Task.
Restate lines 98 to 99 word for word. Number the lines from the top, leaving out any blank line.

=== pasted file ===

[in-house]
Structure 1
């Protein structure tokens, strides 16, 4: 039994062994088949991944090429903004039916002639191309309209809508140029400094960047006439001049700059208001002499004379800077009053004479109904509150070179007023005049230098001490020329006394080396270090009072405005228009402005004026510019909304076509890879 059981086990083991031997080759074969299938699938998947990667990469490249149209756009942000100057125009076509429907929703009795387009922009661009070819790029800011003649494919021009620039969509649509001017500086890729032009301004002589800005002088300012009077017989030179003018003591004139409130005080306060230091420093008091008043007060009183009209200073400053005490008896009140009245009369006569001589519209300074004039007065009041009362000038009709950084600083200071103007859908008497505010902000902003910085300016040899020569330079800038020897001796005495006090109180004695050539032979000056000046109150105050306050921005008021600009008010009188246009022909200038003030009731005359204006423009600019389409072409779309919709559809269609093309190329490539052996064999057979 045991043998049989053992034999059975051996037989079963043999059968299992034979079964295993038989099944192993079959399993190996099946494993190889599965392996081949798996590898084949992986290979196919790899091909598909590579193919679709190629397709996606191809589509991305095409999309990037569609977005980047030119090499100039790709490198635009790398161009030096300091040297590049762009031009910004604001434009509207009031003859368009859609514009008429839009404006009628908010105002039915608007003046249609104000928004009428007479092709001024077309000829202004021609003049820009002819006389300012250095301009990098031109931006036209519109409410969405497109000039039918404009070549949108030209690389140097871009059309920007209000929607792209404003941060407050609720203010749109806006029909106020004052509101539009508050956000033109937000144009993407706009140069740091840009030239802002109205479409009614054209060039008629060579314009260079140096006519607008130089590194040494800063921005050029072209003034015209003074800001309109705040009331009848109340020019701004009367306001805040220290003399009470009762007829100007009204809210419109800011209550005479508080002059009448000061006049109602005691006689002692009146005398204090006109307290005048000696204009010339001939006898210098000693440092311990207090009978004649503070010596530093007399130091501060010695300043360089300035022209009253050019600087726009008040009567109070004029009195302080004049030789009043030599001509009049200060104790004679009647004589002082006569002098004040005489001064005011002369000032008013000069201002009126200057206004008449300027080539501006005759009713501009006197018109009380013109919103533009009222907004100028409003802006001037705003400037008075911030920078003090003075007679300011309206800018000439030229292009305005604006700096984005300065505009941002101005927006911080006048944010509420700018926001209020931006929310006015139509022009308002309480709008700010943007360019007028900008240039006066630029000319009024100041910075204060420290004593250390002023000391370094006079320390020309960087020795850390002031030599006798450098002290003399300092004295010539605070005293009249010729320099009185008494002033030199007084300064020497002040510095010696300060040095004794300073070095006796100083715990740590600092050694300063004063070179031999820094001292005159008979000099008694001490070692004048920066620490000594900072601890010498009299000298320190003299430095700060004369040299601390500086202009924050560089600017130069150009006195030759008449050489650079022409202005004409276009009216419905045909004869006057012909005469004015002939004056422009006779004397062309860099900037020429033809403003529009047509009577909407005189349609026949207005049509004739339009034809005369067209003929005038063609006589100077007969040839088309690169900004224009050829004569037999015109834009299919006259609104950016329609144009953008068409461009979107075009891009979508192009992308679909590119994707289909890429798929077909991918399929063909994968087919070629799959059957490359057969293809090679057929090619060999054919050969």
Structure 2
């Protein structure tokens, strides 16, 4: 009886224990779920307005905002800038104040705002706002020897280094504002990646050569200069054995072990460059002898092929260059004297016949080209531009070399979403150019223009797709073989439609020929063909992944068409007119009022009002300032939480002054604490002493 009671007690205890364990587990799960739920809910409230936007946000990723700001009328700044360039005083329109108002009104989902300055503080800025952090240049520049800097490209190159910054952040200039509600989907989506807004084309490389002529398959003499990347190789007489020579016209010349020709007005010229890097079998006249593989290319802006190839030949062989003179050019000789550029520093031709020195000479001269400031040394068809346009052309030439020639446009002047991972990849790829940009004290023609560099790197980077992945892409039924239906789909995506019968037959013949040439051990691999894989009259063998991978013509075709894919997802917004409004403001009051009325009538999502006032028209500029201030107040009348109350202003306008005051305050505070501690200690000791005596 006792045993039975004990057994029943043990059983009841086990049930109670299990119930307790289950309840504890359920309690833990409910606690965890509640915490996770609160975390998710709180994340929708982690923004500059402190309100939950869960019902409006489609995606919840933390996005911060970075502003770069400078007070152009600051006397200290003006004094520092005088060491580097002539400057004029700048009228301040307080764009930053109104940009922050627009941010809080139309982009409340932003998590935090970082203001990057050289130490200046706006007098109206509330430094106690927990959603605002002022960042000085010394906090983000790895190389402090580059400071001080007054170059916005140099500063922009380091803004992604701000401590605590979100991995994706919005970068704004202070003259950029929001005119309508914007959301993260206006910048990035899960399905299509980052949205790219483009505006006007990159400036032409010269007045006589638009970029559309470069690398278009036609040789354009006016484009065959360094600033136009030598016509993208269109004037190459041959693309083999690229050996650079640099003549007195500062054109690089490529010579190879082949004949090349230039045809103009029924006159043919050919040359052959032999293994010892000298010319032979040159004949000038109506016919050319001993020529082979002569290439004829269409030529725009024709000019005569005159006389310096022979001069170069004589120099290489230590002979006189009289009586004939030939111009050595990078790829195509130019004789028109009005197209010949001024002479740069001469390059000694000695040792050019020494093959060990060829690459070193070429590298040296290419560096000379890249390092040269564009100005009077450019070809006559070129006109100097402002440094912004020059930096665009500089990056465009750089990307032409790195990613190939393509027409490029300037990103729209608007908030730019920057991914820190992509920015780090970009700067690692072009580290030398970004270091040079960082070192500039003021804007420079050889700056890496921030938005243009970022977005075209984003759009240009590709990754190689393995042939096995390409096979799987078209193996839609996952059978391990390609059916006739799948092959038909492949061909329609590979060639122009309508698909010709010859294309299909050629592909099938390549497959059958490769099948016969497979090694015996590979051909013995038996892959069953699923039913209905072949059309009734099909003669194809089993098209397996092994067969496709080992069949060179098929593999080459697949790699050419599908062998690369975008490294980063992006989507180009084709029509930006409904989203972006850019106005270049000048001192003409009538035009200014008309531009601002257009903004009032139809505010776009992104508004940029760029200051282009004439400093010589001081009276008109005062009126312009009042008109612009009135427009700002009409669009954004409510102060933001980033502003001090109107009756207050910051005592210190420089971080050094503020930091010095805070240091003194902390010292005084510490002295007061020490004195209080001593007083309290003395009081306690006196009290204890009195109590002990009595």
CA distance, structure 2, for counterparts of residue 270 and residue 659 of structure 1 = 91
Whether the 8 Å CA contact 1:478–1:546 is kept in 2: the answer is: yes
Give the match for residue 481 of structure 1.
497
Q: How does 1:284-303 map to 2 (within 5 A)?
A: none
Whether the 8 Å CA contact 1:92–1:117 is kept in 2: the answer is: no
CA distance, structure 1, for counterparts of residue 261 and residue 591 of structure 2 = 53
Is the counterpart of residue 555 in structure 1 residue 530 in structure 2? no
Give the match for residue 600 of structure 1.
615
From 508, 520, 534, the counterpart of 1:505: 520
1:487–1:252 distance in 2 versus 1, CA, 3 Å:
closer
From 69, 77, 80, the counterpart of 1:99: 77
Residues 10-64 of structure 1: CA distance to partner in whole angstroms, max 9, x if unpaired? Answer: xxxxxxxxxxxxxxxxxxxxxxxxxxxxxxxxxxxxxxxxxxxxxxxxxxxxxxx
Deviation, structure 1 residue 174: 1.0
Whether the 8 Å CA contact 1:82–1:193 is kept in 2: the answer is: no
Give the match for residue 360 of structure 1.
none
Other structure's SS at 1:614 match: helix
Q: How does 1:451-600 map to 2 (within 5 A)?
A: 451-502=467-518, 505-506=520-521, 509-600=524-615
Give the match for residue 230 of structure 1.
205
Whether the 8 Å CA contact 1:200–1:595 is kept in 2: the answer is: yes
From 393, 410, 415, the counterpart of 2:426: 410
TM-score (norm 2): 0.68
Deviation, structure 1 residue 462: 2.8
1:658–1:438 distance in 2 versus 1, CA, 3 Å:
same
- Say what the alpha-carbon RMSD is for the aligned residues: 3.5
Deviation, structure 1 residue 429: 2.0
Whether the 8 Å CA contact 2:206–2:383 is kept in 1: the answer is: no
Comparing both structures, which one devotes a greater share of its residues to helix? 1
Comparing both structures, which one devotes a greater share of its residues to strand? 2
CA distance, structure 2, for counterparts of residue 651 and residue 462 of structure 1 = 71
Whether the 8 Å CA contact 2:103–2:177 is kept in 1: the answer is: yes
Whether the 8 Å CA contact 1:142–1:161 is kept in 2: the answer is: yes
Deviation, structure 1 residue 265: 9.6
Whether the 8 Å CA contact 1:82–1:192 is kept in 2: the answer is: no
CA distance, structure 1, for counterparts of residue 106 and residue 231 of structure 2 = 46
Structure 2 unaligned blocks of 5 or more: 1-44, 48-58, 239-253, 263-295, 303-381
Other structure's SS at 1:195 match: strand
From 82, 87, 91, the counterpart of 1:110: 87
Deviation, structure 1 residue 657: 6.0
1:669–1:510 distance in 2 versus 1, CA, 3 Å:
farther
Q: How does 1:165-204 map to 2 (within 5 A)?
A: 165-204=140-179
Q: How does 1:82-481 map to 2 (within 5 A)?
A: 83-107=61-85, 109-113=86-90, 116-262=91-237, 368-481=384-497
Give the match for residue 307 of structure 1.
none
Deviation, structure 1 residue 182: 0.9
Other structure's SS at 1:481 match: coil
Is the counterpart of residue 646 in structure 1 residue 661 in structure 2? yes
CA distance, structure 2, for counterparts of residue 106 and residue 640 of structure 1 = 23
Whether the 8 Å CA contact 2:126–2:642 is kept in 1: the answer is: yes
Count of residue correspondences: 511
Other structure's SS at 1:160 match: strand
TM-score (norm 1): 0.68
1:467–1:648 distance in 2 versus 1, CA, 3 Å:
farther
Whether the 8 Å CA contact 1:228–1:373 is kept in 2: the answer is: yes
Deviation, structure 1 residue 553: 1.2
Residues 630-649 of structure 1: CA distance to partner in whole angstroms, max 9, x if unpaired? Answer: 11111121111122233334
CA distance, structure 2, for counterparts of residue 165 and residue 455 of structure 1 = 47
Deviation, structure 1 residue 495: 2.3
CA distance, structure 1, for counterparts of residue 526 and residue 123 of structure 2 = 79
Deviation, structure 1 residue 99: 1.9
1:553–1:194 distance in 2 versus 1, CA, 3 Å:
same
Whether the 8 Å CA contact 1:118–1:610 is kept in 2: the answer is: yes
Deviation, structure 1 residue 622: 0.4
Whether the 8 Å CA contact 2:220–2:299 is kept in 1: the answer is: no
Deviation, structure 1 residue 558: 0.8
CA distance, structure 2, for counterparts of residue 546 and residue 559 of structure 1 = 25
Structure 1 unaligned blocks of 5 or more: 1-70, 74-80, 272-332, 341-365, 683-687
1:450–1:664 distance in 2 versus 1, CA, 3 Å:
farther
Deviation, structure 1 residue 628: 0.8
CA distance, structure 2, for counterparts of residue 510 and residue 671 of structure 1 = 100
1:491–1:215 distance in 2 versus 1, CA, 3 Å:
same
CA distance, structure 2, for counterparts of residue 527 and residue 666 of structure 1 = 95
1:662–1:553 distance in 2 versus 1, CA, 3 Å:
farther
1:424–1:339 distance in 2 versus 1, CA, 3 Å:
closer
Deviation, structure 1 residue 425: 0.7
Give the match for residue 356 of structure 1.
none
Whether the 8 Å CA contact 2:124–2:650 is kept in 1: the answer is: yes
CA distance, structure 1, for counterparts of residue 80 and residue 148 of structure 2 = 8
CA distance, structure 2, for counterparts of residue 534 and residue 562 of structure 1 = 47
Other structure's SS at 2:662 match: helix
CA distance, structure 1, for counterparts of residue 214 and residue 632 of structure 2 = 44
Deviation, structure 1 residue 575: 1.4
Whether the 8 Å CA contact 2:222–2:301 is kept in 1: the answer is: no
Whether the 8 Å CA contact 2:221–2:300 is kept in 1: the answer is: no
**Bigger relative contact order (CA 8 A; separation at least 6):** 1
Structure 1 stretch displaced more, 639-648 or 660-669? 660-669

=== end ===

none
Whether the 8 Å CA contact 2:124–2:650 is kept in 1: the answer is: yes